April 2010
Volume 51, Issue 13
Free
ARVO Annual Meeting Abstract  |   April 2010
In vivo Recruitment and Distinct Intragraft Motility Pattern of Allospecific T Cells During Corneal Allograft Rejection
Author Affiliations & Notes
  • Y. Tan
    Bascom Palmer Eye Institute,
    University of Miami, Miami, Florida
  • M. H. Abdulreda
    Diabetes Research Institute,
    University of Miami, Miami, Florida
  • A. Caicedo
    Diabetes Research Institute,
    University of Miami, Miami, Florida
  • J. Echegaray
    Bascom Palmer Eye Institute,
    University of Miami, Miami, Florida
  • P.-O. Berggren
    Diabetes Research Institute,
    University of Miami, Miami, Florida
  • V. L. Perez
    Bascom Palmer Eye Institute,
    Department of Microbiology and Immunology,
    University of Miami, Miami, Florida
Investigative Ophthalmology & Visual Science April 2010, Vol.51, 3437. doi:
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      Y. Tan, M. H. Abdulreda, A. Caicedo, J. Echegaray, P.-O. Berggren, V. L. Perez; In vivo Recruitment and Distinct Intragraft Motility Pattern of Allospecific T Cells During Corneal Allograft Rejection. Invest. Ophthalmol. Vis. Sci. 2010;51(13):3437.

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      © ARVO (1962-2015); The Authors (2016-present)

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Abstract

Purpose: : Immune rejection mediated by T-lymphocytes remains the leading cause of keratoplasty failure. Given the dynamic nature of the immune system, migration of immune cells into grafts is critical during rejection. Here we studied the dynamic behavior of T-lymphocytes that infiltrate corneal allografts using high-resolution in vivo imaging.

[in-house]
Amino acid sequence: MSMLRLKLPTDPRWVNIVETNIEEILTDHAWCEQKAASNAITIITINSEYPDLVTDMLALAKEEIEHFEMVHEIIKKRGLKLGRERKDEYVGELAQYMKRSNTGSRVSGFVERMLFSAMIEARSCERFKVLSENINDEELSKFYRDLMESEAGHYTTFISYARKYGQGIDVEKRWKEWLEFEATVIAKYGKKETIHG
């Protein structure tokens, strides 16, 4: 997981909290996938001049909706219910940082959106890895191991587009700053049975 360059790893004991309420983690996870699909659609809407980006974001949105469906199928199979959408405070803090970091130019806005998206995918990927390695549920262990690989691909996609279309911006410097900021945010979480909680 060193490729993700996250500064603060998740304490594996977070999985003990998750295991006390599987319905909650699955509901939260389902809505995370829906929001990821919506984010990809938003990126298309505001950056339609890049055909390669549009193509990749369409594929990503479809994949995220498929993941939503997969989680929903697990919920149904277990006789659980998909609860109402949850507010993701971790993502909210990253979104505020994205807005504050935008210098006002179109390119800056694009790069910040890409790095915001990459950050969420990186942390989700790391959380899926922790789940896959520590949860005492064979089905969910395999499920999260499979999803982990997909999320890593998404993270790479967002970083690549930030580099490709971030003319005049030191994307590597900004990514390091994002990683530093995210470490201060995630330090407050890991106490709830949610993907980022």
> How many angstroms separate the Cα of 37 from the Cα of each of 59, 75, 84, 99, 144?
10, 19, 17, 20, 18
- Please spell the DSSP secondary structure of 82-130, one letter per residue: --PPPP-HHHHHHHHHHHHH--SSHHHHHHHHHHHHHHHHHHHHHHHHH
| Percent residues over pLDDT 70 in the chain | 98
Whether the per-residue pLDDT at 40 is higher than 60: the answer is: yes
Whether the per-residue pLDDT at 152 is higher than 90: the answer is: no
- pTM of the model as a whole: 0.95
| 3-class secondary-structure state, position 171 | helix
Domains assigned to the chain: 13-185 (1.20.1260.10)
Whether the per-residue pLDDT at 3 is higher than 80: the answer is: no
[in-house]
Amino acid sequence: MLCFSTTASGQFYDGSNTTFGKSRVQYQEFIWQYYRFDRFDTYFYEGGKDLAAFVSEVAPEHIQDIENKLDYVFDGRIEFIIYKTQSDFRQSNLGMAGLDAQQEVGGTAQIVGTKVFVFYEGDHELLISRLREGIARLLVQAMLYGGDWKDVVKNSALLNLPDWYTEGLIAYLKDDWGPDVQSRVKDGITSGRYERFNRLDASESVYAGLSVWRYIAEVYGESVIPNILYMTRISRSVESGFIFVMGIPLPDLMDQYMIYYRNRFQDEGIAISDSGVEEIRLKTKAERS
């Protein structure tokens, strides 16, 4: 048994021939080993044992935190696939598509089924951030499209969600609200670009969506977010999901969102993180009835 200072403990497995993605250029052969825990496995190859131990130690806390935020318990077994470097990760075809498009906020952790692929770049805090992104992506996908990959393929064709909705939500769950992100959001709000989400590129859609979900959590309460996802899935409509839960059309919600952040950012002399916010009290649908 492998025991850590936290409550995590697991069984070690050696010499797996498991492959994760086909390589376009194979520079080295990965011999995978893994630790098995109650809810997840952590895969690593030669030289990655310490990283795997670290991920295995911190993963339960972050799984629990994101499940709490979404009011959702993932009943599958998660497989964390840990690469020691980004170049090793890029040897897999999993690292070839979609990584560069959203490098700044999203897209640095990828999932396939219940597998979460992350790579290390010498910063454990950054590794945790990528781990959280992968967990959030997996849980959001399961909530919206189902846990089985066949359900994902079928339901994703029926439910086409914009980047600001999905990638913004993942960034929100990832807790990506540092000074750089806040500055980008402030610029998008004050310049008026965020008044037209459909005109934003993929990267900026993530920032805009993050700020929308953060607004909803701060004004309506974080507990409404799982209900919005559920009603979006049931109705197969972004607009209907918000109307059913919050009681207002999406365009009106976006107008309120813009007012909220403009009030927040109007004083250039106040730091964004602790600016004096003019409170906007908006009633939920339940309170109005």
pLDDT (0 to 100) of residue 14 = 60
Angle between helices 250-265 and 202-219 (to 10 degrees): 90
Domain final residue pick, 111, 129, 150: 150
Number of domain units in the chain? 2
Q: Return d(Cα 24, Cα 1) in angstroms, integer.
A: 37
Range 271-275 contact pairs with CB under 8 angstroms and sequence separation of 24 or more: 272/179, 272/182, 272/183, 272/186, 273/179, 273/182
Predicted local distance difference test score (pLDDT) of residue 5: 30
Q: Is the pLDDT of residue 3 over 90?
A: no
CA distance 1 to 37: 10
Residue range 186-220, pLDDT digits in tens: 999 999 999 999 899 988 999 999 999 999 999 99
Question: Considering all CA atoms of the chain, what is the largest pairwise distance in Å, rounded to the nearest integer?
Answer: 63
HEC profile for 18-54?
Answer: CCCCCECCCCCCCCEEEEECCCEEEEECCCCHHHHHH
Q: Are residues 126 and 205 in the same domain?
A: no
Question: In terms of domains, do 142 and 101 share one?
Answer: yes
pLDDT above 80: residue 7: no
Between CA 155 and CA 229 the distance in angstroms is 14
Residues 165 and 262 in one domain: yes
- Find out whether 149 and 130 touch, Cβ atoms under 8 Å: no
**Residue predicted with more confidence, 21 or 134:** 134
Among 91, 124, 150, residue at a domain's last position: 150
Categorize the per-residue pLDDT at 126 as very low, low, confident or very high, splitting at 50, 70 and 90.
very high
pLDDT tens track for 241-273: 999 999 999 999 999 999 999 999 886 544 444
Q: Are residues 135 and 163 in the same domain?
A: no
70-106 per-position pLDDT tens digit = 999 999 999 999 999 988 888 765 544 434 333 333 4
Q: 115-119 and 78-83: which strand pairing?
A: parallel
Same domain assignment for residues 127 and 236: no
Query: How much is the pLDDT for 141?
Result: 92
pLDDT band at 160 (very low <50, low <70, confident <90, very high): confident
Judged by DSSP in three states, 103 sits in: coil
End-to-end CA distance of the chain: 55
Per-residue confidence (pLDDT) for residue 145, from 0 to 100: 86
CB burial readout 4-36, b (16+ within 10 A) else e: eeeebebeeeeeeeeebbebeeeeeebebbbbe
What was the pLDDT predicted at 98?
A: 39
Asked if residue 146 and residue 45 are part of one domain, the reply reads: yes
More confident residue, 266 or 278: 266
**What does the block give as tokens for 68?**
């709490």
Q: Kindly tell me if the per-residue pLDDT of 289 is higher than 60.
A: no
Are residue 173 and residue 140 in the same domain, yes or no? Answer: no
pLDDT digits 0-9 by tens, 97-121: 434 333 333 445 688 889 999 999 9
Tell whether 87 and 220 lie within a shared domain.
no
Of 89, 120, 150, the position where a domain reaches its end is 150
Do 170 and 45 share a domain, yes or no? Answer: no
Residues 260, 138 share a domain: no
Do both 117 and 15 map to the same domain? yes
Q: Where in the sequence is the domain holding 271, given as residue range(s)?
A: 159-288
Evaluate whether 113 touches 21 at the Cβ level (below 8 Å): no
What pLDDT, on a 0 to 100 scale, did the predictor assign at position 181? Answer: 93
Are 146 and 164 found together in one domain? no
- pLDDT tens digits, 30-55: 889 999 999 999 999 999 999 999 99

Methods: : Corneal allotransplants and syngenic transplants were performed with recipient B6.129P2-Cxcr6tm1Litt/J which express GFP in T-lymphocytes. Noninvasive fluorescence confocal imaging of the grafts and the infiltrating GFP+ T-lymphocytes was performed longitudinally. Graft infiltration by GFP+ T-lymphocytes and their in vivo dynamic behavior in the grafts were quantified using z-stack images and time-lapse recordings (20 min).

Results: : GFP+ T-lymphocytes infiltrated both syngeneic and allogeneic recipient corneas as early as post-operative day (POD) 1. However, noticeable infiltration of allogeneic but not syngeneic grafts was observed between POD3 and POD7. The number of GFP+ T-cell within the allograft increased significantly by POD14, coinciding with evident graft rejection. Dynamic analysis of 3-D time-lapse recordings (20 min) revealed different dynamic behavior by T-lymphocytes in syngeneic versus allogeneic recipients. Early infiltrating GFP+ T-cells (POD1 - POD3) exhibited migratory movement toward the grafts in allogeneic but not syngeneic recipients. By POD14, T-lymphocytes moved vividly within the allografts, whereas the fewer T-lymphocytes observed within syngeneic grafts were primarily round and stationary. The displacement (straight line from beginning to end of travel) and displacement rate (displacement/total time) of GFP+ T-cells in allografts were significantly higher than those in syngeneic grafts. Motile T-cells within allografts vividly changed shape from elongated to amoeboid as they moved through the graft stroma.

Conclusions: : Using longitudinal in vivo imaging, we revealed the infiltration kinetics and movement dynamics of GFP+ T-lymphocytes during corneal allografts rejection, while syngeneic grafts showed little to no infiltration. Moreover, a highly dynamic behavior by GFP+ T-lymphocytes was observed in allogeneic but not syngeneic grafts. Our results suggest an important relationship between T-lymphocyte motility and allorejection and strengths our hypothesis of using anti-chemoattractant therapy to influence this and increase graft survival.

Keywords: immunomodulation/immunoregulation • transplantation • inflammation 
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